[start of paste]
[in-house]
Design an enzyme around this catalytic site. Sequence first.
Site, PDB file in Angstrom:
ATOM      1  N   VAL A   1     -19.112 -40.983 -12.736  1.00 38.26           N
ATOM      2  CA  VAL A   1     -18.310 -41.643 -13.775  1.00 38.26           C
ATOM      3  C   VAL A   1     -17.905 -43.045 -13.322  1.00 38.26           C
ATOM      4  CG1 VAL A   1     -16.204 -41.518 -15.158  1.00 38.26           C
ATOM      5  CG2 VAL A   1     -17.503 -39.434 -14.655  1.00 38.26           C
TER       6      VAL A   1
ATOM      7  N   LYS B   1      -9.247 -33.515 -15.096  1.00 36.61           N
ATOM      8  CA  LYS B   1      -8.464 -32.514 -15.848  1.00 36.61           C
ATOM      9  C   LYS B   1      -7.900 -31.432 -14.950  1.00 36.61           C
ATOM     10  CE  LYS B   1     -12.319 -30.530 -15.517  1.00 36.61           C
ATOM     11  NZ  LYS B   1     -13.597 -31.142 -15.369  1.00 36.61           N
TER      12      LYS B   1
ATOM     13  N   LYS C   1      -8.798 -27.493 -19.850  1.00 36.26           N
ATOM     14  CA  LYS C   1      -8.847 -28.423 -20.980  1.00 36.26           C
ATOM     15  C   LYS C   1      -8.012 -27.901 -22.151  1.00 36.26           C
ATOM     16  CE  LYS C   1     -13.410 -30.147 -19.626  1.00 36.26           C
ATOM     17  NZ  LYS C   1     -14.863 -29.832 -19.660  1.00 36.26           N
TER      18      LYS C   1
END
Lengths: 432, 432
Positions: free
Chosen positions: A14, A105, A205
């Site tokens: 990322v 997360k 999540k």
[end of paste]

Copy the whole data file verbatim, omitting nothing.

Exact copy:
[in-house]
Design an enzyme around this catalytic site. Sequence first.
Site, PDB file in Angstrom:
ATOM      1  N   VAL A   1     -19.112 -40.983 -12.736  1.00 38.26           N
ATOM      2  CA  VAL A   1     -18.310 -41.643 -13.775  1.00 38.26           C
ATOM      3  C   VAL A   1     -17.905 -43.045 -13.322  1.00 38.26           C
ATOM      4  CG1 VAL A   1     -16.204 -41.518 -15.158  1.00 38.26           C
ATOM      5  CG2 VAL A   1     -17.503 -39.434 -14.655  1.00 38.26           C
TER       6      VAL A   1
ATOM      7  N   LYS B   1      -9.247 -33.515 -15.096  1.00 36.61           N
ATOM      8  CA  LYS B   1      -8.464 -32.514 -15.848  1.00 36.61           C
ATOM      9  C   LYS B   1      -7.900 -31.432 -14.950  1.00 36.61           C
ATOM     10  CE  LYS B   1     -12.319 -30.530 -15.517  1.00 36.61           C
ATOM     11  NZ  LYS B   1     -13.597 -31.142 -15.369  1.00 36.61           N
TER      12      LYS B   1
ATOM     13  N   LYS C   1      -8.798 -27.493 -19.850  1.00 36.26           N
ATOM     14  CA  LYS C   1      -8.847 -28.423 -20.980  1.00 36.26           C
ATOM     15  C   LYS C   1      -8.012 -27.901 -22.151  1.00 36.26           C
ATOM     16  CE  LYS C   1     -13.410 -30.147 -19.626  1.00 36.26           C
ATOM     17  NZ  LYS C   1     -14.863 -29.832 -19.660  1.00 36.26           N
TER      18      LYS C   1
END
Lengths: 432, 432
Positions: free
Chosen positions: A14, A105, A205
């Site tokens: 990322v 997360k 999540k």